If we have to form an Opposition we will, says UUP's Mike Nesbitt
Ulster Unionist leader Mike Nesbitt has denied there is any uncertainty at the heart of his party's election campaign about potentially forming an Assembly Opposition.
Launching the UUP manifesto yesterday, Mr Nesbitt made clear the preference was to rejoin the Stormont Executive - which the party pulled out of more than six months ago - but might end up going into Opposition reluctantly.
It will not make a decision until well after the May 5 poll, as there are expected to be two weeks of negotiations between the main parties to agree a new Programme for Government (PfG).
Mr Nesbitt reaffirmed that the UUP verdict will be based on its assessment of how "progressive" the PfG is, and its sense of the other parties' willingness to implement it.
He told the event in east Belfast it was "regrettable" that it appeared the report of the three-person panel set up to examine IRA and other paramilitary activity would not be available in time for the post-election multi-party talks.
When the UUP withdrew its sole Executive minister Danny Kennedy last autumn Mr Nesbitt argued Sinn Fein's stance that the IRA "did not exist" had undermined trust to such a degree his party could no longer share power with republicans.
But yesterday he stressed Sinn Fein's position on the IRA was not a precondition for the Ulster Unionists deciding to return to government.
"I didn't put (us) on a hook, I was very careful not to say there's an ultimatum or a precondition for us to go back in," he said. And he insisted: "There is no uncertainty over our plans. It is not being raised on the doorsteps. Our message is simple and easily understood."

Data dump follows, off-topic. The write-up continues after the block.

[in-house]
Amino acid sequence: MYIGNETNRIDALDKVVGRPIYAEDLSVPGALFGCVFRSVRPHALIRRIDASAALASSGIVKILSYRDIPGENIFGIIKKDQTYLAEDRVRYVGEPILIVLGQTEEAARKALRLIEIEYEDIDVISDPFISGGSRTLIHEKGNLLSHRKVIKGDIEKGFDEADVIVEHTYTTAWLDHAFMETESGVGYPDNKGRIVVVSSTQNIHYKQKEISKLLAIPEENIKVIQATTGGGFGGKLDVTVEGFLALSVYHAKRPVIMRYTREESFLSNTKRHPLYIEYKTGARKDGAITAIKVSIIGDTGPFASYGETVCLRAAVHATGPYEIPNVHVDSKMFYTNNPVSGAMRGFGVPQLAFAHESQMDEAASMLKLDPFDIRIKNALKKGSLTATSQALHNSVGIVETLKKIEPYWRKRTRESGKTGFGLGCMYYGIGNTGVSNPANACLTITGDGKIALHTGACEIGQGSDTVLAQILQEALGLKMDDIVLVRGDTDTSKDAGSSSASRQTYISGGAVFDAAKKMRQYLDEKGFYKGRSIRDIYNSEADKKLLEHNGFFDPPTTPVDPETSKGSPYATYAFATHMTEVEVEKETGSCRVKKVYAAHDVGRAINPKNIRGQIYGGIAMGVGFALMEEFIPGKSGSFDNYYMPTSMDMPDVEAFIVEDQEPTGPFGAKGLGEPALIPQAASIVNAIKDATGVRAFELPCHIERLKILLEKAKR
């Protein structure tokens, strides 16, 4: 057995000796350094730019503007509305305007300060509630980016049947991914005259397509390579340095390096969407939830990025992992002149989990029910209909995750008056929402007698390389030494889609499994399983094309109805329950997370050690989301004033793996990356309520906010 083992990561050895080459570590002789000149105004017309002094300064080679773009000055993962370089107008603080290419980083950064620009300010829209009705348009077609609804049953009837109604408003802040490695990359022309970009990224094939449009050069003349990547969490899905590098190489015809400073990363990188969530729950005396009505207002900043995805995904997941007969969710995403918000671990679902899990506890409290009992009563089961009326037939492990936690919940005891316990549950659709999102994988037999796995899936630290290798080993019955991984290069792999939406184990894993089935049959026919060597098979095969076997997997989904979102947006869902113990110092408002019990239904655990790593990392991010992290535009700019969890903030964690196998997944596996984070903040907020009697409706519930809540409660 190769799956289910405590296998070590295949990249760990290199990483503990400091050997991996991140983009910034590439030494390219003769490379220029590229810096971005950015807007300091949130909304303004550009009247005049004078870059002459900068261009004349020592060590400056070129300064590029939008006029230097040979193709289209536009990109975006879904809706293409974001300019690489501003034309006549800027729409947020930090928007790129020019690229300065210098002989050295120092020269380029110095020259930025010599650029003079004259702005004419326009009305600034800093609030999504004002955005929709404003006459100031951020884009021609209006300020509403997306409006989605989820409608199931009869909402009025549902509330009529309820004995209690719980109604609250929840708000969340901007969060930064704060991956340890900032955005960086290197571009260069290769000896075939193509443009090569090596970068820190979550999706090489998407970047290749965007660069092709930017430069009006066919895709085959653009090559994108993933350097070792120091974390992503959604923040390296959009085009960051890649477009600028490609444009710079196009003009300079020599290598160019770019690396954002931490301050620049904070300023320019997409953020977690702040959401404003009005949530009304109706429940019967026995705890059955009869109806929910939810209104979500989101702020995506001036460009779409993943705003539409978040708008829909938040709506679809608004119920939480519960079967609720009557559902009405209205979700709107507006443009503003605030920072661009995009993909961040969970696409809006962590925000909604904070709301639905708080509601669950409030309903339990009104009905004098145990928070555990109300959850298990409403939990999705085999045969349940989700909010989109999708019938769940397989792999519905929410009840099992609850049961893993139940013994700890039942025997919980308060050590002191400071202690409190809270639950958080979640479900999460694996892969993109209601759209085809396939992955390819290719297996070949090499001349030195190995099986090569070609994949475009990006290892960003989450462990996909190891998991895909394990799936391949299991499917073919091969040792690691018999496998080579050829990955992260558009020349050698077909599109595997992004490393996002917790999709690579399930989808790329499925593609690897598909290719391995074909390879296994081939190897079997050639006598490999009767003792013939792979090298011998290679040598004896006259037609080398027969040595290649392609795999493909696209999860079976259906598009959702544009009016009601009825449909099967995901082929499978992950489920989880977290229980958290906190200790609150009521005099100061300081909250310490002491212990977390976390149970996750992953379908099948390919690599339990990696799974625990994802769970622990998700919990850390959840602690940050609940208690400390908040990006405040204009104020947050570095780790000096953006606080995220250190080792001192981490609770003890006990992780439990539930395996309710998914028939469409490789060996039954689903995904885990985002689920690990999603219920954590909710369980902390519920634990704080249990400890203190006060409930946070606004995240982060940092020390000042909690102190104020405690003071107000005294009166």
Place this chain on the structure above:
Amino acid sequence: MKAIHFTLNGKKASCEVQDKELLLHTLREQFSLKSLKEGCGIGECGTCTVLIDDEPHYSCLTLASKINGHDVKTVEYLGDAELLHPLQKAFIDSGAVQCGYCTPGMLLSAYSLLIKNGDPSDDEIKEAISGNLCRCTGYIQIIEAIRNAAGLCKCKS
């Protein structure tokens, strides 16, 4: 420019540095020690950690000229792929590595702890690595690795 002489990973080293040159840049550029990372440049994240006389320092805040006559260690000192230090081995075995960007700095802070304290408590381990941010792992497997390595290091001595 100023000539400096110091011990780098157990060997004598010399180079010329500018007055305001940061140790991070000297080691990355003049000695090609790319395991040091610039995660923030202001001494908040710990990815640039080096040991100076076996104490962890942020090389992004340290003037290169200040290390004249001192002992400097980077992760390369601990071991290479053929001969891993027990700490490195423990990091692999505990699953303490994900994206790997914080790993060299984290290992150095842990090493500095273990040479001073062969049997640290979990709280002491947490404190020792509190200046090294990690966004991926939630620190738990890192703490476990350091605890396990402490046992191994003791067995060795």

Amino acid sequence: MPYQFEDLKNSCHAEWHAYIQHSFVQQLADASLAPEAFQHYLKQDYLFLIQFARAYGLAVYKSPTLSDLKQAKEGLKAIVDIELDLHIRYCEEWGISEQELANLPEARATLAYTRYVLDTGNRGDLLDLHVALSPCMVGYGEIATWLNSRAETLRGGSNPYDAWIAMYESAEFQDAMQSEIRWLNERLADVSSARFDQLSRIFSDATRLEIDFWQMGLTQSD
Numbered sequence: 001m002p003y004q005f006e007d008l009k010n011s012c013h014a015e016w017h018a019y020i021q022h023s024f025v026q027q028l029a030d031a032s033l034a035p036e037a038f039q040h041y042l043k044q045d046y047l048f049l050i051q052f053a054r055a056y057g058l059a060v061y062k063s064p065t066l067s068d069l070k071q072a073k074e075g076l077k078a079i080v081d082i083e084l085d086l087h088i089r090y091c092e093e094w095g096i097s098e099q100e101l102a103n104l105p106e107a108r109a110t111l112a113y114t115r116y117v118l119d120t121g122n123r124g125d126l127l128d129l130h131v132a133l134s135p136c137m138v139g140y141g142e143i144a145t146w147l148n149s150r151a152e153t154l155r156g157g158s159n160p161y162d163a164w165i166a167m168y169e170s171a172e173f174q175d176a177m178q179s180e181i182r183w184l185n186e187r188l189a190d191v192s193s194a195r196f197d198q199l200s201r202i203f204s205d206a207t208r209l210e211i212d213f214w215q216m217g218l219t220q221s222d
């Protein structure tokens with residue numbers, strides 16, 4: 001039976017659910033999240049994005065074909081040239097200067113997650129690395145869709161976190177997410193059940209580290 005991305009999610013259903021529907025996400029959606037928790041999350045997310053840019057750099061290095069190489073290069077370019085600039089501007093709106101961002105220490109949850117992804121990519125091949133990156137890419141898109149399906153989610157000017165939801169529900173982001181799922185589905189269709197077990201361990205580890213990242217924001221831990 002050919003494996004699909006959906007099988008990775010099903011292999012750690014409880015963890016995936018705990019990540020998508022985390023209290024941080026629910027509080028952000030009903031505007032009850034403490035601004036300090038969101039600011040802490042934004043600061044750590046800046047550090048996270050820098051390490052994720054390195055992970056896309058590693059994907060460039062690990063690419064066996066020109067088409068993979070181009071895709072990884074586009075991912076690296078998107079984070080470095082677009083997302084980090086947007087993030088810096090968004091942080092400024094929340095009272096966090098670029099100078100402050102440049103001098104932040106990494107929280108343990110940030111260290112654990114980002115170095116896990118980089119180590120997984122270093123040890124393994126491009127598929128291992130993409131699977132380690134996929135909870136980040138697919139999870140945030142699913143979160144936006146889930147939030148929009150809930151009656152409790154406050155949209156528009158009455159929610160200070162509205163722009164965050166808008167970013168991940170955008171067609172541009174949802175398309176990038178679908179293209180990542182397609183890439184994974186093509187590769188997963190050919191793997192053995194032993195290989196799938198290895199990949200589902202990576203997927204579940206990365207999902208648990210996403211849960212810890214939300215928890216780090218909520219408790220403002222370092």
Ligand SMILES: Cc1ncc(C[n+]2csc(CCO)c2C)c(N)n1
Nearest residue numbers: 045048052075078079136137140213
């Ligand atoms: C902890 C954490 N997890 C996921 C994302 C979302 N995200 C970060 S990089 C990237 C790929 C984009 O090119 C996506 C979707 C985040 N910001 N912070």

The UUP leader stressed that success in the election would mean at least regaining the three Assembly seats the party lost since the last election in 2011.
It has set its sights on winning back a second seat in Strangford - where former UUP man David McNarry is now regional leader of Ukip - as well as Lagan Valley and South Down, after Basil McCrea and John McCallister formed the ill-fated NI21.
Mr McNarry and Mr McCrea are not running in the election.
Beyond those targets the UUP believes it stands a reasonable chance of gains in East and South Antrim.
The party is fielding a total of 33 candidates across the 18 constituences, with more than two-thirds of them standing for election for the first time.
"The UUP is refreshed. It has taken time, but we have rebuilt ourselves and we enter these elections ready and eager to lead again," Mr Nesbitt told the party faithful.
"There is a different mood in the country. We have regained our appetite for elections. We believe in ourselves again.
"We have found new credibility with the electorate and these are feeding off each other in a virtuous circle, generating the gold dust of elected politics - momentum.
"We have momentum."
Mr Nesbitt also accused the two main Stormont parties - DUP and Sinn Fein - of "arrogance" in their focus on the prospect of Martin McGuinness becoming First Minister.
"I think there is a certain arrogance in other parties saying it is either A or B for First Minister. Who is to say that the Ulster Unionists, with 33 great candidates and stated policies which are second to none, and a better vision than anybody else on the future of Northern Ireland, can't come out top?" he asked.